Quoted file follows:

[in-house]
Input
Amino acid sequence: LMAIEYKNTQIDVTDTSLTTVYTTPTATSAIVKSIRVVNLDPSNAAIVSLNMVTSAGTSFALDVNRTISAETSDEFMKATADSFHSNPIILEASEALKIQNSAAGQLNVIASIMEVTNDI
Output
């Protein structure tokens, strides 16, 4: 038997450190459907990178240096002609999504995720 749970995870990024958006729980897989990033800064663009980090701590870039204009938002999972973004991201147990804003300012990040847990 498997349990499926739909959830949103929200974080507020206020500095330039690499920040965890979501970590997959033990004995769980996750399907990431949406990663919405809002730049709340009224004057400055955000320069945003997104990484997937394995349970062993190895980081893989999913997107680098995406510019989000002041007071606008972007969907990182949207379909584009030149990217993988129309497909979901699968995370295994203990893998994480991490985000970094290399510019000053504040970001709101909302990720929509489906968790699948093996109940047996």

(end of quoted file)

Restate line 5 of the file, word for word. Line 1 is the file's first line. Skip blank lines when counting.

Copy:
């Protein structure tokens, strides 16, 4: 038997450190459907990178240096002609999504995720 749970995870990024958006729980897989990033800064663009980090701590870039204009938002999972973004991201147990804003300012990040847990 498997349990499926739909959830949103929200974080507020206020500095330039690499920040965890979501970590997959033990004995769980996750399907990431949406990663919405809002730049709340009224004057400055955000320069945003997104990484997937394995349970062993190895980081893989999913997107680098995406510019989000002041007071606008972007969907990182949207379909584009030149990217993988129309497909979901699968995370295994203990893998994480991490985000970094290399510019000053504040970001709101909302990720929509489906968790699948093996109940047996």